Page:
Ceded to the War Department by the U.S. Forestry Service in 1940, the 800 square miles of Gulf Coast shoreline and pine forests became a major site for gunnery and bombing practice during World War II.
Remnants of test bombs from Lieutenant Colonel James Doolittle's B-25 squadron following the attack on Pearl Harbor are believed to exist in the park and a concrete bomb is thought to have been one dropped by his squadron.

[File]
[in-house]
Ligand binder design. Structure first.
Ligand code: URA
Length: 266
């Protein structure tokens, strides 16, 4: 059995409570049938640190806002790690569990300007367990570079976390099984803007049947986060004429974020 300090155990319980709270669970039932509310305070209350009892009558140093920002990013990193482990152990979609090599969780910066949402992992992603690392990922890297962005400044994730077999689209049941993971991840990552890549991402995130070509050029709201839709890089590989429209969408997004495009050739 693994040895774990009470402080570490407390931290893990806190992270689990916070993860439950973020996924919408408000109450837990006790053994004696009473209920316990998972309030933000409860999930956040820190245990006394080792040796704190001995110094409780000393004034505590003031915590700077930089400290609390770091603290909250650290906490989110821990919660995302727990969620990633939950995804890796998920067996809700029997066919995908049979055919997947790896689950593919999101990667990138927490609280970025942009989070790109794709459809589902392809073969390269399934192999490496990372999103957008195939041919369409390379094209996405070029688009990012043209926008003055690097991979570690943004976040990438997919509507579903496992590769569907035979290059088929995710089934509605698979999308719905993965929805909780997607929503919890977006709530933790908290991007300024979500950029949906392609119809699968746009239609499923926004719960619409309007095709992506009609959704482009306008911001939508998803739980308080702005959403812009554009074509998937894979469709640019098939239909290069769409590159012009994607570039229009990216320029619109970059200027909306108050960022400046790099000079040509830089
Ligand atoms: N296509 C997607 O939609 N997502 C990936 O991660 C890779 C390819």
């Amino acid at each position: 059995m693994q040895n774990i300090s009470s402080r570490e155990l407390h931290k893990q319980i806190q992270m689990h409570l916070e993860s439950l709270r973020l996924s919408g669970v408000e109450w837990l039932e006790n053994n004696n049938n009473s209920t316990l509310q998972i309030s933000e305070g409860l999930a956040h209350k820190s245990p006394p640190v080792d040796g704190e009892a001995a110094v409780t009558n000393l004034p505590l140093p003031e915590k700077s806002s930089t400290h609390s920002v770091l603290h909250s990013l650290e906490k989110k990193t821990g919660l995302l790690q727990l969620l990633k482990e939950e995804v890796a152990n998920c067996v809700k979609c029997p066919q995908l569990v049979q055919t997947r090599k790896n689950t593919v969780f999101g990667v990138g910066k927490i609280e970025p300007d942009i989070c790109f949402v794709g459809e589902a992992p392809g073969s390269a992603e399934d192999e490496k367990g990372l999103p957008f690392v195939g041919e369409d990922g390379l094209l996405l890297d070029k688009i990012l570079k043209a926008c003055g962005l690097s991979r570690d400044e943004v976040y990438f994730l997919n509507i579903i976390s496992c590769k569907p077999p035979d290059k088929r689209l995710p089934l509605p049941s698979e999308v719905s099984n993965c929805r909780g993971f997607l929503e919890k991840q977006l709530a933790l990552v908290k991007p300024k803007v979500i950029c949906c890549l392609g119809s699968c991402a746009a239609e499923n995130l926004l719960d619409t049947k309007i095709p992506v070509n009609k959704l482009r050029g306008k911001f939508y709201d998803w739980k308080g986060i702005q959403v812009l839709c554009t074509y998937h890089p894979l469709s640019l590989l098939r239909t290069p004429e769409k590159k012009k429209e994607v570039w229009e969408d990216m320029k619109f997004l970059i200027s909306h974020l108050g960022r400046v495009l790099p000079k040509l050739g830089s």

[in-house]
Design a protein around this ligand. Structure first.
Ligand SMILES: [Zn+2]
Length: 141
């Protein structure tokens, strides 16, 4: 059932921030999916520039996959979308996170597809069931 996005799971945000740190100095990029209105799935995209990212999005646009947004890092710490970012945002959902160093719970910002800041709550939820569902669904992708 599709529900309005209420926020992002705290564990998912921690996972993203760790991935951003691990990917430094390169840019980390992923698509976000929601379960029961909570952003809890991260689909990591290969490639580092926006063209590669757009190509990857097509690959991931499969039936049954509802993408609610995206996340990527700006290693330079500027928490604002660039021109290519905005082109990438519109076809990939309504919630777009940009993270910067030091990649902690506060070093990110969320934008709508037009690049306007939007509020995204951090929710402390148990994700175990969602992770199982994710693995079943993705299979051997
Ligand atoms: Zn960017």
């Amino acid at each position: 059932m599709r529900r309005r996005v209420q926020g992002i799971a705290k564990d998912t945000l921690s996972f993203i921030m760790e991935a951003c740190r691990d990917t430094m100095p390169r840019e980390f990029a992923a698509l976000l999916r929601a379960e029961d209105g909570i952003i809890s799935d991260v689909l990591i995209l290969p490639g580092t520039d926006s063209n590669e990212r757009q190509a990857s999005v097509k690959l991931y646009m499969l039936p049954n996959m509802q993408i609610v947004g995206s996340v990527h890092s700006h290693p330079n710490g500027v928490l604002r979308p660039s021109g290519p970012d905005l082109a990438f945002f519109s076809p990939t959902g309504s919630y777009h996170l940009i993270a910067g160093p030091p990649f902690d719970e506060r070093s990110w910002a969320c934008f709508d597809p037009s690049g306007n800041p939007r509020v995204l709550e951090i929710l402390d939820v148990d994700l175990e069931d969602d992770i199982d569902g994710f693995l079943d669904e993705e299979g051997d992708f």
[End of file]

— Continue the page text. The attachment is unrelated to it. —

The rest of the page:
After the war, urban development made the area unusable as a bombing range.
In the late 1950s, Colonel Fred Gannon, Director of Civil Engineering at Eglin Air Force Base, proposed to convert the range into a public area. The Engineering group began the initial construction of the park under his direction following his proposed designs for the proposed park.
In 1966, shortly after completion of the road and trail work, the lands were purchased by the state and became part of the Florida State Park system.